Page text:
Red alert! Joyous photos of the much loved native squirrels most of us never see through the changing seasons of the year
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Even an occasional flash of their flame-red fur high in a treetop is a rare sight nowadays. But after dedicating two decades to following the secret lives of red squirrels, Neil McIntyre has built up a more intimate portrait through the changing seasons of the year.
His enchanting pictures are all the more important because reds — our only native squirrel species — have long been in decline, and are absent from most parts of the UK.
Numbers fell dramatically in Britain from around 3.5 million to about 160,000 after the introduction of the dominant North American grey in the 1870s, allied to a loss of the reds’ natural woodland habitat.
Shockingly, more than 100,000 reds were shot in Scotland in the first half of the 20th century in an age when they were simply regarded as vermin.
Thankfully, there is still a stronghold — around 75 per cent of the British population — in Scotland, where photographer Neil McIntyre began his ‘love affair’ with red squirrels as a boy in what is now the Cairngorms National park. It was there that he took these photographs.
‘After 20 years of feeding my local squirrels,’ says Neil, ‘they have become so accustomed to me that I can move about without them reacting, almost becoming part of their secret world — and it is this level of acceptance, even trust, that has allowed me to capture the intimate images shown here.
My intention is to show their individual spirit and character. And to convey the connection between the squirrels and the woodland on which they depend.’
They have long played a vital role in the ecology of the woods that are their home. They distribute pine, oak and hazel seeds around the forest, which aids the rejuvenation of the trees, and also provide prey for goshawks and pine martens.
Reds are solitary creatures, only coming together to mate in a frenzied courtship where the males chase prospective partners round tree trunks, chattering noisily until the females succumb.
The first young of the year are born in February, and when spring brings warmer weather there is a burst of action from the adults who must stock up on food for the babies after the winter.
In spring, the reds search for the seeds found inside the cones of Scots pines and Norway spruce, as well as tree shoots and buds, flowers, pollen and lichen.
Even the summer — when they lose their characteristic ear tufts — can be a lean time for the squirrels because fruits, nuts and acorns are not yet ripe.
This means they must start their quest for food before dawn, often followed by a long siesta in the middle of the day before they emerge to forage again during the afternoon.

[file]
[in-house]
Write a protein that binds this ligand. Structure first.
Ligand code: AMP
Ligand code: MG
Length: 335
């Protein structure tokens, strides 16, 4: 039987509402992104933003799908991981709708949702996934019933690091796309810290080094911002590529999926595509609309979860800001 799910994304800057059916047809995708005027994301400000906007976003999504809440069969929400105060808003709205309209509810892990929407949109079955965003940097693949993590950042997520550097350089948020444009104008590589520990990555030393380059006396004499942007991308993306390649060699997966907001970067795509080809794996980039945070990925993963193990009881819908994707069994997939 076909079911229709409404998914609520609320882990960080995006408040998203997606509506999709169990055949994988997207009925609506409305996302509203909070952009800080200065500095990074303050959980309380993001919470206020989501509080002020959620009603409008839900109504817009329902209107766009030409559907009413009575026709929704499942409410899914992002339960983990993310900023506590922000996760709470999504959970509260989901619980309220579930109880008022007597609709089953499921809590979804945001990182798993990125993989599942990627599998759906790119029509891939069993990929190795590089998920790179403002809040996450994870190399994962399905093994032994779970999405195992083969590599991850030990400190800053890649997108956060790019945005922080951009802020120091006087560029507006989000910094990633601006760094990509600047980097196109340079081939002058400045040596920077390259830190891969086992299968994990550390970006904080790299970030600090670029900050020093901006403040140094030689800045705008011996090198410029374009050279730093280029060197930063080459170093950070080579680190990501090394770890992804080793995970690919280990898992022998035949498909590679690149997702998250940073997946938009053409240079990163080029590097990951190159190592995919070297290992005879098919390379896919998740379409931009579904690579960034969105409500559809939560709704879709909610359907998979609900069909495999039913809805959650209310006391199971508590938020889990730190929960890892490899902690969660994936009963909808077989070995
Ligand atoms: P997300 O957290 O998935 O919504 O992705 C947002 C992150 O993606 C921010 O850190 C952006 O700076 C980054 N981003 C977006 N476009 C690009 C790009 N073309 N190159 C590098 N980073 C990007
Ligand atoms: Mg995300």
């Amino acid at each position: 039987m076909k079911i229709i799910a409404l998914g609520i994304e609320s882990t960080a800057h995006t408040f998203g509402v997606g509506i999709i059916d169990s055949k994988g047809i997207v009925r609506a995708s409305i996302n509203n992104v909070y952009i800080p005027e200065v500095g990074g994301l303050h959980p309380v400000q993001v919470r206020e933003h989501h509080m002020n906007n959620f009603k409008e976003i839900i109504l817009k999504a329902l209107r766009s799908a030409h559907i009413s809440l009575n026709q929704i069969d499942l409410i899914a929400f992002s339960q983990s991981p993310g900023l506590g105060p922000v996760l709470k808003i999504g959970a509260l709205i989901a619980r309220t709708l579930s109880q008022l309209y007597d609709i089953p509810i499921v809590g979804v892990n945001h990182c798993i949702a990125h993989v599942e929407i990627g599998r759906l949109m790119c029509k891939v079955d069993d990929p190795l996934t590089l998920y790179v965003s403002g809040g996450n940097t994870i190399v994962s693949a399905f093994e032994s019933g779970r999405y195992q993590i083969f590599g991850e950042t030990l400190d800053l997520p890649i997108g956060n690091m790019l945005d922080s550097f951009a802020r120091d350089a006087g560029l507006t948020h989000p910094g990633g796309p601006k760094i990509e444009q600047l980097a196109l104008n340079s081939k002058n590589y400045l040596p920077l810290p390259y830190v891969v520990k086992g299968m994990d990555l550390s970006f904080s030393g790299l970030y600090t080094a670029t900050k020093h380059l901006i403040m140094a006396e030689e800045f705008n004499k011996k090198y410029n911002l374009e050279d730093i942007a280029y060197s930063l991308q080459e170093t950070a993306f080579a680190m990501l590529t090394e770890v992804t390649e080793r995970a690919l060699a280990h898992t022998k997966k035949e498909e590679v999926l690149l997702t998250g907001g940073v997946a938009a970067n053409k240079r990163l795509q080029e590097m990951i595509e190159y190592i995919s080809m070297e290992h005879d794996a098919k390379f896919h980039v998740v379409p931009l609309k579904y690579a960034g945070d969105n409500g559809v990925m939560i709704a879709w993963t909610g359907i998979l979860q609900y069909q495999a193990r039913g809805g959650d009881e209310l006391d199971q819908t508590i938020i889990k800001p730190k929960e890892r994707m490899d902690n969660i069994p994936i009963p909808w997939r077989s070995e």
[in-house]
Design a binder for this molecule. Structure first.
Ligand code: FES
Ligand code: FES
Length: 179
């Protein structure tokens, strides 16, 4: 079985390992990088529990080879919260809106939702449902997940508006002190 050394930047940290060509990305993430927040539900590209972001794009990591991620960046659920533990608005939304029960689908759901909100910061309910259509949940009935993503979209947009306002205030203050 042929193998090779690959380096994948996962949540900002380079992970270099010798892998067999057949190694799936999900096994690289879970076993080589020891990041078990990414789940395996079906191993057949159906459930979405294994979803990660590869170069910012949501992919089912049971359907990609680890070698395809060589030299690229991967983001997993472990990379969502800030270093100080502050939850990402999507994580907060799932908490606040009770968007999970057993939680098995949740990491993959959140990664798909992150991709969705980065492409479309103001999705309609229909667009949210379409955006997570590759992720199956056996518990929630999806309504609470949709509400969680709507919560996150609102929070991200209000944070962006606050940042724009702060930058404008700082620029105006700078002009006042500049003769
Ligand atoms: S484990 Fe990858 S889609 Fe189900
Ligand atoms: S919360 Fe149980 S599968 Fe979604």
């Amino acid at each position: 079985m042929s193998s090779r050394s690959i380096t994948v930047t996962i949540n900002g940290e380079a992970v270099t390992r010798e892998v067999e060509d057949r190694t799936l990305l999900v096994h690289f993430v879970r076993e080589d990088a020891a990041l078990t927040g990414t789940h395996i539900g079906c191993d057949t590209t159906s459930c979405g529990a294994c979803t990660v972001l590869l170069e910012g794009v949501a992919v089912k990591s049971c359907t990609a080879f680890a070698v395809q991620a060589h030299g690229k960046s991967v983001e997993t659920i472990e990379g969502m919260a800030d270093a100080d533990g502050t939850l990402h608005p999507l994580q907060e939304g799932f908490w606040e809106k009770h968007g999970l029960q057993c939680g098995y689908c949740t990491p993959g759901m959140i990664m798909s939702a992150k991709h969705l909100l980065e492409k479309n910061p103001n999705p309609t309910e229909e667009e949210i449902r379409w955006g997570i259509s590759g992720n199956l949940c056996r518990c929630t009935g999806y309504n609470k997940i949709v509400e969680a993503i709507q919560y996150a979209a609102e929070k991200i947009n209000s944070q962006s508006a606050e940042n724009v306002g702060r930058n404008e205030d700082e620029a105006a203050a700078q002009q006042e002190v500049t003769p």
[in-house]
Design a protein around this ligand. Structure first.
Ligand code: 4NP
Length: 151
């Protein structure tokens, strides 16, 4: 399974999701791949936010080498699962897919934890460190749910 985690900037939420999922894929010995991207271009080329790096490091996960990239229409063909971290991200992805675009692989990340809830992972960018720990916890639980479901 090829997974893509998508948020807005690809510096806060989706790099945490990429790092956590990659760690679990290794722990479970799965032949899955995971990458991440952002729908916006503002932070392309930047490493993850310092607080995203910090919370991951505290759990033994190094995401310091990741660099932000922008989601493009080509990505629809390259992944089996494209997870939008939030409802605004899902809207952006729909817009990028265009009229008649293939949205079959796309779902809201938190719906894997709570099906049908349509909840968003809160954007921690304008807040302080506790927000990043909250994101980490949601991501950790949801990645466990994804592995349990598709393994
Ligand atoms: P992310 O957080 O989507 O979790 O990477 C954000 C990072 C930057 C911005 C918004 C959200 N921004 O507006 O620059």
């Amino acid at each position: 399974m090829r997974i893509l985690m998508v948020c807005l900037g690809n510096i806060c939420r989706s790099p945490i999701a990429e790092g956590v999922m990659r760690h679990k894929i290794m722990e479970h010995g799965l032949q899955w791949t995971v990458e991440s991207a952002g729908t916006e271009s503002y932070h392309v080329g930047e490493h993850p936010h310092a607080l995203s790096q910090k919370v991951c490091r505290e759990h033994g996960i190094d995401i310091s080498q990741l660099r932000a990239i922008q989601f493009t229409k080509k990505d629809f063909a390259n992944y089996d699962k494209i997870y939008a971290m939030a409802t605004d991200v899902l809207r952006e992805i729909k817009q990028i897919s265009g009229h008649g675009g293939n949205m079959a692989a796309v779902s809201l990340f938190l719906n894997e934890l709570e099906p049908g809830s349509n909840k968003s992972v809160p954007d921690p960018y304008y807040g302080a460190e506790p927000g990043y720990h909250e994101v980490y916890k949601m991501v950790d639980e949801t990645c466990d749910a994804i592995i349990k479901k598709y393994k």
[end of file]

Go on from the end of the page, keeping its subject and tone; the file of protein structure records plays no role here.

They love to climb, scampering among the forest boughs of the Scots pines, junipers, birches and rowans, using their tails to help them balance.
They’re skilled acrobats, leaping from branch to branch, using their tails as an ‘air brake’ to slow them down. Thanks to powerful back legs, they can jump more than two metres — and even if they lose their footing, can survive a fall of 12m without hurting themselves.
They would, of course, prefer to climb down, and double-jointed ankles allow them to pick their way down tree trunks head first, though all told they spend as little as 14 per cent of their time on the forest floor.
Photographer Neil McIntyre’s favourite time of year is ‘magical’ autumn, when the food supply is plentiful, the squirrels put on weight and start to hoard food to help them through the winter when, though they don’t hibernate, they become far less active.
They like to hide their booty — seeds, mushrooms and other foodstuffs — just below the surface of the soil or leaf litter, or in gaps in the tree bark. But when it comes to squirrels’ supplies, it really is a case of finders, eaters.
Just imagine if you caught your neighbour filching food from your fridge. Well, that’s what the reds do, raiding each other’s caches when they can. But there is generally enough to go round.
Sometimes, the squirrels forget where they’ve hidden their stores — but any neglected acorns or hazelnuts may eventually sprout to become part of the forest.
The greatest problem for the squirrels is that they avoid crossing areas of open ground for fear of predators, so they’re effectively marooned in Scotland’s fragmented woodlands. This can lead to inbreeding and disease. For this reason, the charity Trees For Life, supported by Neil McIntyre, has developed a project to relocate red squirrels to forests where they haven’t been seen for generations.
Over several weeks, around 30 reds of both sexes are humanely caught and then resettled in the new woodland. In the initial experiment, successful breeding took place in the first year.
It’s a ray of hope for these beautiful, mischievous creatures, so rare now that for many of us they are almost as mythical as unicorns.
More photos of amazing squirrels on this blog